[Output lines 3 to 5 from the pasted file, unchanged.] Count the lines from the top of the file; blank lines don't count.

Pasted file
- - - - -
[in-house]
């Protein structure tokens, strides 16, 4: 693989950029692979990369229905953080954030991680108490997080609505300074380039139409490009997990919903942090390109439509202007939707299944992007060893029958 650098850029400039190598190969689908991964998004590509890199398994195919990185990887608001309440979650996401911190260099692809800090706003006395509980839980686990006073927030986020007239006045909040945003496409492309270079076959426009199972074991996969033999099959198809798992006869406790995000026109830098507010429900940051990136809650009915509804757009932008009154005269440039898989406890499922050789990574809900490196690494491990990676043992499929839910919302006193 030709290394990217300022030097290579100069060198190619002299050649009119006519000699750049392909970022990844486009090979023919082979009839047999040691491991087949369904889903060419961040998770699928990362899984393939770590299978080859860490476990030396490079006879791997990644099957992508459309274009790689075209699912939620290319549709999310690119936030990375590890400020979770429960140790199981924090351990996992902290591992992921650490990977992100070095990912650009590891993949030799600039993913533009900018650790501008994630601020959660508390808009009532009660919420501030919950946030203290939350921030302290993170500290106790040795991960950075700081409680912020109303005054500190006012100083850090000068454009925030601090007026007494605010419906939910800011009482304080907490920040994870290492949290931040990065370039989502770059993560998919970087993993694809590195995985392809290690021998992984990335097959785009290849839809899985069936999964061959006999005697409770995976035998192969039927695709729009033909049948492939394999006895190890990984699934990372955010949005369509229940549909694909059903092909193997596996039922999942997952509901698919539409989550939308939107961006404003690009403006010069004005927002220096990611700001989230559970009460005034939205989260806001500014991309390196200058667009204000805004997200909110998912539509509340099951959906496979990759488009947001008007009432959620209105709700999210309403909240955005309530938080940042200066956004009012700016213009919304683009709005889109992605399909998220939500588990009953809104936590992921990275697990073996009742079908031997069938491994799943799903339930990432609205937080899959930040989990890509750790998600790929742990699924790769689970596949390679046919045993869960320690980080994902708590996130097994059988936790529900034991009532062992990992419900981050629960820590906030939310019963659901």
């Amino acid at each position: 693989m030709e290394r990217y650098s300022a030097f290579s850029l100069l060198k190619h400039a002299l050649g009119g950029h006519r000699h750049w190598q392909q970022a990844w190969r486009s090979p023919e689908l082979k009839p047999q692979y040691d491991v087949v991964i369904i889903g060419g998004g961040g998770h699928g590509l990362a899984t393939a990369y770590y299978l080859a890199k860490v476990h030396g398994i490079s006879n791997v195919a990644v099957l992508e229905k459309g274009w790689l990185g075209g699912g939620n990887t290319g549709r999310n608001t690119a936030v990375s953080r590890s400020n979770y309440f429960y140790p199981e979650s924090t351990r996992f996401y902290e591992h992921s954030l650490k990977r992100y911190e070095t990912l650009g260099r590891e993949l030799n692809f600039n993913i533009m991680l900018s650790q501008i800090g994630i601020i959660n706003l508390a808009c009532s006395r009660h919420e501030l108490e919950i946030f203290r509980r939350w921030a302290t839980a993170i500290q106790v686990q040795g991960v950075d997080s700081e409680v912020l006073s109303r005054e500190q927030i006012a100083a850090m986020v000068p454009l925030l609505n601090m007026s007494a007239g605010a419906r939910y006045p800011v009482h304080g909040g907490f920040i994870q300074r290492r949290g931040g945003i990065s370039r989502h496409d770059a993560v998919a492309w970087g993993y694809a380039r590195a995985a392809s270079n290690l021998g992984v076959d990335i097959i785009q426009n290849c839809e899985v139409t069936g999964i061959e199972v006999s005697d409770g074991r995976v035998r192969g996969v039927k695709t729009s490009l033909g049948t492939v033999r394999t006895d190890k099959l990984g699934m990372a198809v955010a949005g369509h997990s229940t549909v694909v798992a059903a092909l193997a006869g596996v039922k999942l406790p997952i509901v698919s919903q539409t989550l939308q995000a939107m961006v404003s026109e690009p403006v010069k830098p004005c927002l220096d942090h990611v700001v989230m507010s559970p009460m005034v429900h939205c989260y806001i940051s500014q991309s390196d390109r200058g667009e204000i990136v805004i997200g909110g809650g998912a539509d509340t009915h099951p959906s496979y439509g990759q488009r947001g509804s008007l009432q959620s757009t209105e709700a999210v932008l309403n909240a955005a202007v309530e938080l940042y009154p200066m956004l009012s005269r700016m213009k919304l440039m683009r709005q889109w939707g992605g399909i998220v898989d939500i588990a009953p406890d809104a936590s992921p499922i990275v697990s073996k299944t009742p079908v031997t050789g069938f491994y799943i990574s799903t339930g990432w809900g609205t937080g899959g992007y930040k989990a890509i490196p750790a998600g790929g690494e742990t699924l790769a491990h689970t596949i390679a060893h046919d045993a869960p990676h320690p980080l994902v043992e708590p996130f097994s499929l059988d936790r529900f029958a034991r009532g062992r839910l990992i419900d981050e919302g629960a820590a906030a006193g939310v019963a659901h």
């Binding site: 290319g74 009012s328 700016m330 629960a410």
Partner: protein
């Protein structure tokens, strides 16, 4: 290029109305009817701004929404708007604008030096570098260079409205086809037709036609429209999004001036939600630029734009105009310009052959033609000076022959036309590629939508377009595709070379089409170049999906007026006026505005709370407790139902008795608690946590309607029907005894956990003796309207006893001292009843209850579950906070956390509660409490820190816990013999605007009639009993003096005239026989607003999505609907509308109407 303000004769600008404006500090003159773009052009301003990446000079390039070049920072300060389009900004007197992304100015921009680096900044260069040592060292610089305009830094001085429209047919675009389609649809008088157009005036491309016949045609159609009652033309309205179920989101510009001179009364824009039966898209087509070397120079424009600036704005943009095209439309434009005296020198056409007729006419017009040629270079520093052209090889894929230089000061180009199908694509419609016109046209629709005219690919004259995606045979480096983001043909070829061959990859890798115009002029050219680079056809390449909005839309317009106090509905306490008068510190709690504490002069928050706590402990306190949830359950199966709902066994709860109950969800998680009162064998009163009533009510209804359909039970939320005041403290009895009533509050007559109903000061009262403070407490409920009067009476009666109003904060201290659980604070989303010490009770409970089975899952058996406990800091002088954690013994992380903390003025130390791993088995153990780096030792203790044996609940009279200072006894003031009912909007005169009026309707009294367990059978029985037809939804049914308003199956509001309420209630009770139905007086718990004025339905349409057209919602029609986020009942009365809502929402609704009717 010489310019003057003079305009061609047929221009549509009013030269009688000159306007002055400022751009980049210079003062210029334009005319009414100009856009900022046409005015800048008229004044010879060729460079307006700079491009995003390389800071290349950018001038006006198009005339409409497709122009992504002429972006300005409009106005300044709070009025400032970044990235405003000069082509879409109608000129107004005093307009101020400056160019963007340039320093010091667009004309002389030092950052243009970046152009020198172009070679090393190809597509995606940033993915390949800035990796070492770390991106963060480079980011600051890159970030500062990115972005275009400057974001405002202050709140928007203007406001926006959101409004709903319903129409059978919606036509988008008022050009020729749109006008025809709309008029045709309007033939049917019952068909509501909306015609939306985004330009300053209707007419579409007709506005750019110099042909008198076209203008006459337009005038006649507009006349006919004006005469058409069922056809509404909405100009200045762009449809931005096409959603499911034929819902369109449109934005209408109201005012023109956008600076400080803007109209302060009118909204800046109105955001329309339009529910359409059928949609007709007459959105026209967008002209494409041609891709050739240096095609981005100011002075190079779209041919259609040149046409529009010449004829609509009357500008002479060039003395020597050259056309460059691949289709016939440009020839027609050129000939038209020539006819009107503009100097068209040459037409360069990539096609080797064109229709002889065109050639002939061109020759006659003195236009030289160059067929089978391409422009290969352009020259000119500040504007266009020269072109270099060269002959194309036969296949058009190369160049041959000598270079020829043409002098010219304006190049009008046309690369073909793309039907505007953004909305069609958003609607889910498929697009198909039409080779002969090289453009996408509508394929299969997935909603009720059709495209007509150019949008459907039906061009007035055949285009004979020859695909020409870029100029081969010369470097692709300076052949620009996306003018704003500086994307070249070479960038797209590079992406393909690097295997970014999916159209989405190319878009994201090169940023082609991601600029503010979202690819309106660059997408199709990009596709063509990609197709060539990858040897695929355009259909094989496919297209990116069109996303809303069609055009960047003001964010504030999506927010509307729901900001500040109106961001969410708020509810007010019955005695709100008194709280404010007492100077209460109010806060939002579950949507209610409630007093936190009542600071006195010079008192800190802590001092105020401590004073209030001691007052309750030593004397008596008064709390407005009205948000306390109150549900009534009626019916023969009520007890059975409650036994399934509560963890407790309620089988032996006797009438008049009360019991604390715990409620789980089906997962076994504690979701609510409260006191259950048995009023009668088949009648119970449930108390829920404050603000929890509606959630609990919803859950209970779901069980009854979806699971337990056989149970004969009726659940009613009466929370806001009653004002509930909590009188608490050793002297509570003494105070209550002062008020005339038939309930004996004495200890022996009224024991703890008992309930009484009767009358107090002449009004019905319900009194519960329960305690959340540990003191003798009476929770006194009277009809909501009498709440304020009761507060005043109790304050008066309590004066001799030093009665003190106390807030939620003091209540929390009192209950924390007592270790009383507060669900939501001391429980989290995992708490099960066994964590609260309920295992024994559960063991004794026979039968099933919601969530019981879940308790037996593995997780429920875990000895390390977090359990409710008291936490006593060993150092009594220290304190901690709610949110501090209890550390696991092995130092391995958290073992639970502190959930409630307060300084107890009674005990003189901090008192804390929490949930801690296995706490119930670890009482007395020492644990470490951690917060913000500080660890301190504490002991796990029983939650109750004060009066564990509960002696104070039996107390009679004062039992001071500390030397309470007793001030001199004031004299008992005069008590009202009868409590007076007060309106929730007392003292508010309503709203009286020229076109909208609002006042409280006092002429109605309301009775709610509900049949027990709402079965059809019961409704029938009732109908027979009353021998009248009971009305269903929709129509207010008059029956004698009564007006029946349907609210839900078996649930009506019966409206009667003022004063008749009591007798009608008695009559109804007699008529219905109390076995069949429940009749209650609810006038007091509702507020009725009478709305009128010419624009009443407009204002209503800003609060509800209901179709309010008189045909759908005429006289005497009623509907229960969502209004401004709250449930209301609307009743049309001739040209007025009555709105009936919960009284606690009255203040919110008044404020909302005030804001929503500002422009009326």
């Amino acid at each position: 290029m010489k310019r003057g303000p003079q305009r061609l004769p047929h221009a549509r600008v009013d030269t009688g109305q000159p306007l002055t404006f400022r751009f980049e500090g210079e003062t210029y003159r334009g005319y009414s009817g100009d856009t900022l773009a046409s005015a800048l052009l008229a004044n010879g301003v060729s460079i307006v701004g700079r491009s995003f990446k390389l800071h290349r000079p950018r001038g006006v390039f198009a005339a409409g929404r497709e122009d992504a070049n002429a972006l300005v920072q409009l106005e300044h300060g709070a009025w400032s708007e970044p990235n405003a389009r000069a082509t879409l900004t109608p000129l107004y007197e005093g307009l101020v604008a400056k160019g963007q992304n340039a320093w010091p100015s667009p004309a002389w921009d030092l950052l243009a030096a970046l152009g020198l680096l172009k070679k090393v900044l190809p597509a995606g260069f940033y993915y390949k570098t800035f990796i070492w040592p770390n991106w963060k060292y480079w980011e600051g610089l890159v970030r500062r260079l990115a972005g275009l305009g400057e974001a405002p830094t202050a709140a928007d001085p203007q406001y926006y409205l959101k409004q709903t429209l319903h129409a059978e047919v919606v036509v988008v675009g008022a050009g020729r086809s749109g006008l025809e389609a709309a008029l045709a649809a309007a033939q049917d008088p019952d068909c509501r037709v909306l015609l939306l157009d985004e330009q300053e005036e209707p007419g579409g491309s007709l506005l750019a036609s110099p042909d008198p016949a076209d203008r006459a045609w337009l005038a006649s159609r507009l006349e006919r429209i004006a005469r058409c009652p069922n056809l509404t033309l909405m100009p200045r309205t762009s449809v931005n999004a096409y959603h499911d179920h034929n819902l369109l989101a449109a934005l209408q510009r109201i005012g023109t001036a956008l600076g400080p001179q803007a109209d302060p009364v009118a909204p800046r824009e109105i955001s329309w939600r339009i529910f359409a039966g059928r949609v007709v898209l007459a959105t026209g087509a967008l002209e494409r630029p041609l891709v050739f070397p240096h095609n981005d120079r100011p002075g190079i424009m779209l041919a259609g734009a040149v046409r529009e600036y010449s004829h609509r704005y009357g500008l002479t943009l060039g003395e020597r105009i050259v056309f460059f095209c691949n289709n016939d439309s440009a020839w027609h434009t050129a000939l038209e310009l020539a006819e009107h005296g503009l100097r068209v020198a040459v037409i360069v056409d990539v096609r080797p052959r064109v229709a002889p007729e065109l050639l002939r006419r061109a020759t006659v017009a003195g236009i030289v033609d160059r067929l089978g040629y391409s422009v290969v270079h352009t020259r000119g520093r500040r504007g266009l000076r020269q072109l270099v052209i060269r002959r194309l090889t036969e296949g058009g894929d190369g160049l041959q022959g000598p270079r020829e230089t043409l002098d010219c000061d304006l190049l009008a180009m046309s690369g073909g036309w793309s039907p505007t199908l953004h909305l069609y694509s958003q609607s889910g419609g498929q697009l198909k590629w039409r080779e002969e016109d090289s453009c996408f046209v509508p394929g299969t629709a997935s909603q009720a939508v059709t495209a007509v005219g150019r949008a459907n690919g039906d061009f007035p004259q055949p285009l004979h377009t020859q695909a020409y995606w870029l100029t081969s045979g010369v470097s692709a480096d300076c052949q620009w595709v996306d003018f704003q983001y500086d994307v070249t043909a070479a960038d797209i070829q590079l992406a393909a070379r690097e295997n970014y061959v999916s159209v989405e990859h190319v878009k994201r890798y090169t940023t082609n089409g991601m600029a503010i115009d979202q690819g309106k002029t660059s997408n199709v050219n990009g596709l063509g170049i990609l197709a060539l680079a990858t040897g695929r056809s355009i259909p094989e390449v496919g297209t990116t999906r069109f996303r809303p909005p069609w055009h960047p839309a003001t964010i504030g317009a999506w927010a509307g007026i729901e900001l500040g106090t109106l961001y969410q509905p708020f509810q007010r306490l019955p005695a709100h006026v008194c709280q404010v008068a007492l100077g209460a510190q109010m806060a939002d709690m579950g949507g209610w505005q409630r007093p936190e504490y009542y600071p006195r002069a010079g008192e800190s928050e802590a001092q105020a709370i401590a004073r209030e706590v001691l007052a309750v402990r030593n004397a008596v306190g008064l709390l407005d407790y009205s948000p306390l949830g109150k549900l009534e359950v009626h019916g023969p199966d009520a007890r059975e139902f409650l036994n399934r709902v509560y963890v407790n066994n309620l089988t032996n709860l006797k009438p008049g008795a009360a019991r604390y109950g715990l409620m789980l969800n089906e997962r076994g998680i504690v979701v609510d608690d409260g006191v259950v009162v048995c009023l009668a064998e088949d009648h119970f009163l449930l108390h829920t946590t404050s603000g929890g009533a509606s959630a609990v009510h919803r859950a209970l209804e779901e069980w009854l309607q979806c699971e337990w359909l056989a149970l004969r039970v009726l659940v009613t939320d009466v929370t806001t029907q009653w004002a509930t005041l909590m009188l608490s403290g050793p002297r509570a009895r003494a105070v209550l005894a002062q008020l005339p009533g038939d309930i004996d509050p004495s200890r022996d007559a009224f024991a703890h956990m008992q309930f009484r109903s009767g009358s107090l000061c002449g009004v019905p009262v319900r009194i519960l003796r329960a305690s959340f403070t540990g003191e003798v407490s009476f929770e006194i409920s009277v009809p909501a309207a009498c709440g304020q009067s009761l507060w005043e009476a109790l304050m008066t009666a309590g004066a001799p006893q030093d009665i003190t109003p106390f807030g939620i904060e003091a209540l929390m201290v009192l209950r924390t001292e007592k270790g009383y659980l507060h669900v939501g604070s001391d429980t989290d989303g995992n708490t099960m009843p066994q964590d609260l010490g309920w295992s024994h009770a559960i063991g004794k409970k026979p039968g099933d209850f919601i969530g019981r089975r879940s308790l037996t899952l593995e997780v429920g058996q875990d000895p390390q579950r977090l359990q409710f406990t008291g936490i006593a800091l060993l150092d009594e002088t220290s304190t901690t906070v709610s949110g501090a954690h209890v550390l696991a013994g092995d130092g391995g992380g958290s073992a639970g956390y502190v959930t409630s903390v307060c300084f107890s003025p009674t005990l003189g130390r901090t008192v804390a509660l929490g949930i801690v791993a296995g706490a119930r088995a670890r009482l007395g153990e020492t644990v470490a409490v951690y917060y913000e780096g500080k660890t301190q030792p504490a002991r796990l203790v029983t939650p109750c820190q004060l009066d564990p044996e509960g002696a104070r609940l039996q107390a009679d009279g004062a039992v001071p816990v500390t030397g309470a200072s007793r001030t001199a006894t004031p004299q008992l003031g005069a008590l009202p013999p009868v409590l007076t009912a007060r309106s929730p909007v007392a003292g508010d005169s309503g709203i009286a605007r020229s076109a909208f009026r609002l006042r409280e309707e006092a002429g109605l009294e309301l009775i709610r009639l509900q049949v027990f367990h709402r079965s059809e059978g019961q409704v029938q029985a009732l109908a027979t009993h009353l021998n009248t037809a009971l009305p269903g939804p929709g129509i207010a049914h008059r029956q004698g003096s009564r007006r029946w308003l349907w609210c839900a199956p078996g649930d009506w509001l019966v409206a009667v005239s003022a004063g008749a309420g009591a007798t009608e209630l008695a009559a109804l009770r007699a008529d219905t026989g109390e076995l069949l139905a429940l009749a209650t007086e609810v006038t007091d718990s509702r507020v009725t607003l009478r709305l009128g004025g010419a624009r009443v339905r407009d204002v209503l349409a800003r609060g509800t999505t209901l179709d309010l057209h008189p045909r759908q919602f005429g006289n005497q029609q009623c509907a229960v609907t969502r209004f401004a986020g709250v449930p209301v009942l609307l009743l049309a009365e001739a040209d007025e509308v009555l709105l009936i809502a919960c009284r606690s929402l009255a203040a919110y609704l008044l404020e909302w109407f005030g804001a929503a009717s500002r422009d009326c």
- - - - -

């Amino acid at each position: 693989m030709e290394r990217y650098s300022a030097f290579s850029l100069l060198k190619h400039a002299l050649g009119g950029h006519r000699h750049w190598q392909q970022a990844w190969r486009s090979p023919e689908l082979k009839p047999q692979y040691d491991v087949v991964i369904i889903g060419g998004g961040g998770h699928g590509l990362a899984t393939a990369y770590y299978l080859a890199k860490v476990h030396g398994i490079s006879n791997v195919a990644v099957l992508e229905k459309g274009w790689l990185g075209g699912g939620n990887t290319g549709r999310n608001t690119a936030v990375s953080r590890s400020n979770y309440f429960y140790p199981e979650s924090t351990r996992f996401y902290e591992h992921s954030l650490k990977r992100y911190e070095t990912l650009g260099r590891e993949l030799n692809f600039n993913i533009m991680l900018s650790q501008i800090g994630i601020i959660n706003l508390a808009c009532s006395r009660h919420e501030l108490e919950i946030f203290r509980r939350w921030a302290t839980a993170i500290q106790v686990q040795g991960v950075d997080s700081e409680v912020l006073s109303r005054e500190q927030i006012a100083a850090m986020v000068p454009l925030l609505n601090m007026s007494a007239g605010a419906r939910y006045p800011v009482h304080g909040g907490f920040i994870q300074r290492r949290g931040g945003i990065s370039r989502h496409d770059a993560v998919a492309w970087g993993y694809a380039r590195a995985a392809s270079n290690l021998g992984v076959d990335i097959i785009q426009n290849c839809e899985v139409t069936g999964i061959e199972v006999s005697d409770g074991r995976v035998r192969g996969v039927k695709t729009s490009l033909g049948t492939v033999r394999t006895d190890k099959l990984g699934m990372a198809v955010a949005g369509h997990s229940t549909v694909v798992a059903a092909l193997a006869g596996v039922k999942l406790p997952i509901v698919s919903q539409t989550l939308q995000a939107m961006v404003s026109e690009p403006v010069k830098p004005c927002l220096d942090h990611v700001v989230m507010s559970p009460m005034v429900h939205c989260y806001i940051s500014q991309s390196d390109r200058g667009e204000i990136v805004i997200g909110g809650g998912a539509d509340t009915h099951p959906s496979y439509g990759q488009r947001g509804s008007l009432q959620s757009t209105e709700a999210v932008l309403n909240a955005a202007v309530e938080l940042y009154p200066m956004l009012s005269r700016m213009k919304l440039m683009r709005q889109w939707g992605g399909i998220v898989d939500i588990a009953p406890d809104a936590s992921p499922i990275v697990s073996k299944t009742p079908v031997t050789g069938f491994y799943i990574s799903t339930g990432w809900g609205t937080g899959g992007y930040k989990a890509i490196p750790a998600g790929g690494e742990t699924l790769a491990h689970t596949i390679a060893h046919d045993a869960p990676h320690p980080l994902v043992e708590p996130f097994s499929l059988d936790r529900f029958a034991r009532g062992r839910l990992i419900d981050e919302g629960a820590a906030a006193g939310v019963a659901h």
């Binding site: 290319g74 009012s328 700016m330 629960a410």
Partner: protein